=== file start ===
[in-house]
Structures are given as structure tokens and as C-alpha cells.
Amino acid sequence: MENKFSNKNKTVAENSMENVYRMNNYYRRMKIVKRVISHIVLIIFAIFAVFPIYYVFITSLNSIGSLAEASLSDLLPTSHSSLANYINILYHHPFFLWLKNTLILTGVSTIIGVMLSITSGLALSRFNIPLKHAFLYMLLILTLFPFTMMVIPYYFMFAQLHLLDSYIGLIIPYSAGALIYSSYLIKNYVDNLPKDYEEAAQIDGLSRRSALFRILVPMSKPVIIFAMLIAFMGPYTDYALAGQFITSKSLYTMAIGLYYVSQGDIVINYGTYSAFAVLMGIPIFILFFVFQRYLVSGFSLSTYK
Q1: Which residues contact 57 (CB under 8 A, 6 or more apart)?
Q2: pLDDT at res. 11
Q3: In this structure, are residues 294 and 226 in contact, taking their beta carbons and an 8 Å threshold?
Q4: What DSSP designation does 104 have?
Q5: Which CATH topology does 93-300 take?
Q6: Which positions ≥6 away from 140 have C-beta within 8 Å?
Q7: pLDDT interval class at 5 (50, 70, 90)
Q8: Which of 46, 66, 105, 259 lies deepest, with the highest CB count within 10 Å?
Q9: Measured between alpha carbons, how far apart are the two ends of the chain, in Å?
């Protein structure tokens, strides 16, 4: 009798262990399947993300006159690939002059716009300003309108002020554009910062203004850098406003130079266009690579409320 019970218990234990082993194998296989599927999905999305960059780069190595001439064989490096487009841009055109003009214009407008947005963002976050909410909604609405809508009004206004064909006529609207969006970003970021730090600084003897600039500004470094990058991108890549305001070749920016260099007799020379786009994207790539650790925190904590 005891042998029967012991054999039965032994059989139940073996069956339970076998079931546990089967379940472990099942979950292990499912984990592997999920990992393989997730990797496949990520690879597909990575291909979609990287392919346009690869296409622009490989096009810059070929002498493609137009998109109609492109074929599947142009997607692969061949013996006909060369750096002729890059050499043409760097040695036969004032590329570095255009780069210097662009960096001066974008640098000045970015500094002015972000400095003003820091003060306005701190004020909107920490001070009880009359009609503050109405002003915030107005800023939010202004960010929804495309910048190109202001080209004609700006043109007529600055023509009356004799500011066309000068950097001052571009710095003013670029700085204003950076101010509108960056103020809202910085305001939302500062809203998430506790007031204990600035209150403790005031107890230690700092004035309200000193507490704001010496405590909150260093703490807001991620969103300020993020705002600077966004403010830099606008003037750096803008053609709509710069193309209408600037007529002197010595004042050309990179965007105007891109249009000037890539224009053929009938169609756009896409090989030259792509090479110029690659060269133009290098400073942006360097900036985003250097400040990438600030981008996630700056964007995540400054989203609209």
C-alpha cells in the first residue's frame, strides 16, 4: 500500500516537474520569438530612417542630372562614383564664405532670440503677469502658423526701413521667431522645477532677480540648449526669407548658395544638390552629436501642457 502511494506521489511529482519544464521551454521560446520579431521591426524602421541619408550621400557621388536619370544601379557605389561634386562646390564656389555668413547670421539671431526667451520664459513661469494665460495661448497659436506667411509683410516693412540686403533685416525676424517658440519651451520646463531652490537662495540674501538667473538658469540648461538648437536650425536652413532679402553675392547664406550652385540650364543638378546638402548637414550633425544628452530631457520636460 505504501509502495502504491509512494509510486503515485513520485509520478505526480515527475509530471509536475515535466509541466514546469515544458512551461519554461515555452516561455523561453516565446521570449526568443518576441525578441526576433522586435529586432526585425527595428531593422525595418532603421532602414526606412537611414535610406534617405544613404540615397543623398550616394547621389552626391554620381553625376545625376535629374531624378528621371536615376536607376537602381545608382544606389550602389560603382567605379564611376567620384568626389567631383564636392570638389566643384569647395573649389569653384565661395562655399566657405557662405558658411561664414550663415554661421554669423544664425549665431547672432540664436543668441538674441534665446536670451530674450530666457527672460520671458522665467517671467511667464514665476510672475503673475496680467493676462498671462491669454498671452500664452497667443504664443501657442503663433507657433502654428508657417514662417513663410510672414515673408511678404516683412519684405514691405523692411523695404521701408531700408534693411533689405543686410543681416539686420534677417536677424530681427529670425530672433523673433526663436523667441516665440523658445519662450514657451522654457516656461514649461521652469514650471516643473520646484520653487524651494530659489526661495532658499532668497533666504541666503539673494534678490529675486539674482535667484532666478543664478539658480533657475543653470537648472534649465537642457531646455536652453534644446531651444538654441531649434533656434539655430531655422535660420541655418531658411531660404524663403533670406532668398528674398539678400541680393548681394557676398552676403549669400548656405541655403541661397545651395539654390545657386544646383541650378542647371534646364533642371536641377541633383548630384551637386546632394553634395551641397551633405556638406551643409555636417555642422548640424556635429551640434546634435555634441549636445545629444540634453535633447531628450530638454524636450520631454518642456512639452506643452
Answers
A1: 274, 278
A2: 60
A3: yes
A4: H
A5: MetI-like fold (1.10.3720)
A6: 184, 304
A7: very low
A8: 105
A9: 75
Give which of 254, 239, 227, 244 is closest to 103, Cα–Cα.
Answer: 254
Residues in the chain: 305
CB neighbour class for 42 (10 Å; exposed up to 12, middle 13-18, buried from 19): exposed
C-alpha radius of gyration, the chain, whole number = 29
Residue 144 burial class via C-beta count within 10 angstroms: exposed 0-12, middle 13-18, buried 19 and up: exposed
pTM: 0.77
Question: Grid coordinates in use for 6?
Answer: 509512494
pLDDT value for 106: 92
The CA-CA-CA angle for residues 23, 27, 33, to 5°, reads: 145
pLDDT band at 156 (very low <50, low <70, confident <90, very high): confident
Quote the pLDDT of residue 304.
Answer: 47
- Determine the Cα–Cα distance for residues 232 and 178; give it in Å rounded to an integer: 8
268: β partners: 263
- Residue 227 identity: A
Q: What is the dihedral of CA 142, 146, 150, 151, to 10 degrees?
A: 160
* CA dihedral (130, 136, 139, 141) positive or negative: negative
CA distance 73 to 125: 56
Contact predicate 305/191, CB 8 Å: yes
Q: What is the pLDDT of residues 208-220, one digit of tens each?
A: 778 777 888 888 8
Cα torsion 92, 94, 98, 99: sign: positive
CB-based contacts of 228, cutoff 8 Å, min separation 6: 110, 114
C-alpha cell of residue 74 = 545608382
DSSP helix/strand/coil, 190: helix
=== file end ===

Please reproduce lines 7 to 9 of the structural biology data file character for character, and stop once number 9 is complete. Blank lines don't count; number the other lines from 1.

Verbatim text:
Q4: What DSSP designation does 104 have?
Q5: Which CATH topology does 93-300 take?
Q6: Which positions ≥6 away from 140 have C-beta within 8 Å?